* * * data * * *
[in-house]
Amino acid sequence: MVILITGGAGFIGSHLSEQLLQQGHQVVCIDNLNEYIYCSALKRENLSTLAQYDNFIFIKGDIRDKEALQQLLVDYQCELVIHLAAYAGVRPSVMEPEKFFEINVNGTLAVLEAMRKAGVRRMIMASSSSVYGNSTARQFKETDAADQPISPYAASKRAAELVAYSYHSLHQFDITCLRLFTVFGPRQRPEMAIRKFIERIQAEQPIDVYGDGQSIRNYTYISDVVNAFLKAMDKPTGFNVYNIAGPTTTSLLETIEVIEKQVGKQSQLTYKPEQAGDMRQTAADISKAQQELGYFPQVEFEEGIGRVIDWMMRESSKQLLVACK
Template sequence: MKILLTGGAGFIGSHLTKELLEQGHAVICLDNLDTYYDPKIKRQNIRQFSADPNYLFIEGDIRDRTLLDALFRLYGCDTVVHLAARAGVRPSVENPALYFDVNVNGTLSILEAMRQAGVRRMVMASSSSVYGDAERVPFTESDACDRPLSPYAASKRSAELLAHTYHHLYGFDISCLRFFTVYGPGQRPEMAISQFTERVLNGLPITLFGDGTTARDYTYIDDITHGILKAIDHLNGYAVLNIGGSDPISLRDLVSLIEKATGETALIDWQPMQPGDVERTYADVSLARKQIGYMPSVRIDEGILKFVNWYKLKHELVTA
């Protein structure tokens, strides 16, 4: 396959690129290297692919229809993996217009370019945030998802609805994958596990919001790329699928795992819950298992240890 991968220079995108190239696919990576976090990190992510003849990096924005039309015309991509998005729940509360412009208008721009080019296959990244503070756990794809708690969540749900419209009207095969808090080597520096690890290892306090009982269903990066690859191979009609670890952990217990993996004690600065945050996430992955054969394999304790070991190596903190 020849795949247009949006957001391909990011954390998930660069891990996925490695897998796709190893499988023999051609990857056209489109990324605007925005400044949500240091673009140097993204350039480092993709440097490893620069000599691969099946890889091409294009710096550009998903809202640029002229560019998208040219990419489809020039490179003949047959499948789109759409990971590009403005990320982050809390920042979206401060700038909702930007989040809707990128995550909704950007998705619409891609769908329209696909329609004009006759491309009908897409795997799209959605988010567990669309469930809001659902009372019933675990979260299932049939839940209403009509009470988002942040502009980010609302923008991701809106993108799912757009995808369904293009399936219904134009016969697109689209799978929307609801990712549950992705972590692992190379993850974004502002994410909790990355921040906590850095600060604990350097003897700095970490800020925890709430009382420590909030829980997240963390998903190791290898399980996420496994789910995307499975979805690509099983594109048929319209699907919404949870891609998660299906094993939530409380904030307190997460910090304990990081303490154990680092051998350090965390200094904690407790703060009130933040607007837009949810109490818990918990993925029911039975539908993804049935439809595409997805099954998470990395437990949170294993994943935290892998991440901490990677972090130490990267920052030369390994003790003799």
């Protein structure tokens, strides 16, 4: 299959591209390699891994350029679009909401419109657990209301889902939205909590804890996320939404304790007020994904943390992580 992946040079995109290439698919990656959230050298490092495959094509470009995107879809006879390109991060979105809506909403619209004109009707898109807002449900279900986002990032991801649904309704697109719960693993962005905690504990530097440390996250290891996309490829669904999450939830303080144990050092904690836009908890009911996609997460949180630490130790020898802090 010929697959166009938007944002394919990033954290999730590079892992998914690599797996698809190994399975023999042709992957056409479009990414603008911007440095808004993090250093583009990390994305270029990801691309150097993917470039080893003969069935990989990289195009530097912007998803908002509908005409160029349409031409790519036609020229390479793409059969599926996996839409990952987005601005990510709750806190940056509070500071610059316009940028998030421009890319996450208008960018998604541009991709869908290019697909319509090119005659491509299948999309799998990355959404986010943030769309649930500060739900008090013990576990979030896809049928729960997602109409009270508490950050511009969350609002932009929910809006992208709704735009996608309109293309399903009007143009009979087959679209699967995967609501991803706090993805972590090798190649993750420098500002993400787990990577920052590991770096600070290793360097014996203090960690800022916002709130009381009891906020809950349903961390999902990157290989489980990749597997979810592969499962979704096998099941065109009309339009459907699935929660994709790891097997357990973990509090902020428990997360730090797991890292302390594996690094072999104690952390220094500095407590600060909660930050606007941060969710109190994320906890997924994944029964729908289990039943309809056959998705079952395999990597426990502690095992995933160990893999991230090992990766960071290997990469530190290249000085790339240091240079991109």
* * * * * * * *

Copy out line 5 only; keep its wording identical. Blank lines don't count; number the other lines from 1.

């Protein structure tokens, strides 16, 4: 299959591209390699891994350029679009909401419109657990209301889902939205909590804890996320939404304790007020994904943390992580 992946040079995109290439698919990656959230050298490092495959094509470009995107879809006879390109991060979105809506909403619209004109009707898109807002449900279900986002990032991801649904309704697109719960693993962005905690504990530097440390996250290891996309490829669904999450939830303080144990050092904690836009908890009911996609997460949180630490130790020898802090 010929697959166009938007944002394919990033954290999730590079892992998914690599797996698809190994399975023999042709992957056409479009990414603008911007440095808004993090250093583009990390994305270029990801691309150097993917470039080893003969069935990989990289195009530097912007998803908002509908005409160029349409031409790519036609020229390479793409059969599926996996839409990952987005601005990510709750806190940056509070500071610059316009940028998030421009890319996450208008960018998604541009991709869908290019697909319509090119005659491509299948999309799998990355959404986010943030769309649930500060739900008090013990576990979030896809049928729960997602109409009270508490950050511009969350609002932009929910809006992208709704735009996608309109293309399903009007143009009979087959679209699967995967609501991803706090993805972590090798190649993750420098500002993400787990990577920052590991770096600070290793360097014996203090960690800022916002709130009381009891906020809950349903961390999902990157290989489980990749597997979810592969499962979704096998099941065109009309339009459907699935929660994709790891097997357990973990509090902020428990997360730090797991890292302390594996690094072999104690952390220094500095407590600060909660930050606007941060969710109190994320906890997924994944029964729908289990039943309809056959998705079952395999990597426990502690095992995933160990893999991230090992990766960071290997990469530190290249000085790339240091240079991109």